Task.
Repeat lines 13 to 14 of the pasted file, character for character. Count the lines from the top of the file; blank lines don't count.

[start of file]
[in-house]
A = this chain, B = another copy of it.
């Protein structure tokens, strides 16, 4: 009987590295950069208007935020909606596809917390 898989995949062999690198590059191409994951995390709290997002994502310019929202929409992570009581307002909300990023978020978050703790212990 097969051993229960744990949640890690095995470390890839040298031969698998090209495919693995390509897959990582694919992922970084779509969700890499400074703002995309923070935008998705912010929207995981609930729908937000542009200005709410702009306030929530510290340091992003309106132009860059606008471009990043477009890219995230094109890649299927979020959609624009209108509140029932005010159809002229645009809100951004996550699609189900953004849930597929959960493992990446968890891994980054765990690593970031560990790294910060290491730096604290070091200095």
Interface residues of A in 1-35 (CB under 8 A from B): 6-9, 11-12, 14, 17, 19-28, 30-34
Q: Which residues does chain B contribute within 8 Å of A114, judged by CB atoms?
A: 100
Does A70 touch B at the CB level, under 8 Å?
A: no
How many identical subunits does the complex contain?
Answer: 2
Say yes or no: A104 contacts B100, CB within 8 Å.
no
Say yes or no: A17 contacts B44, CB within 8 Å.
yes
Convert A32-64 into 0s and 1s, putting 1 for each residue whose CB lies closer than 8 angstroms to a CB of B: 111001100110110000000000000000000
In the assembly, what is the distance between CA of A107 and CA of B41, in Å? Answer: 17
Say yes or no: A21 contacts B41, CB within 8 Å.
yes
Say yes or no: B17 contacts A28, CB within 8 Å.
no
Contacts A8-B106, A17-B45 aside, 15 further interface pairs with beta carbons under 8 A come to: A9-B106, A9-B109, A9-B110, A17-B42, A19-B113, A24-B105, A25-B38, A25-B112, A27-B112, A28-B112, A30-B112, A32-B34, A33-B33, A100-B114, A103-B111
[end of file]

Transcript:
Say yes or no: A17 contacts B44, CB within 8 Å.
yes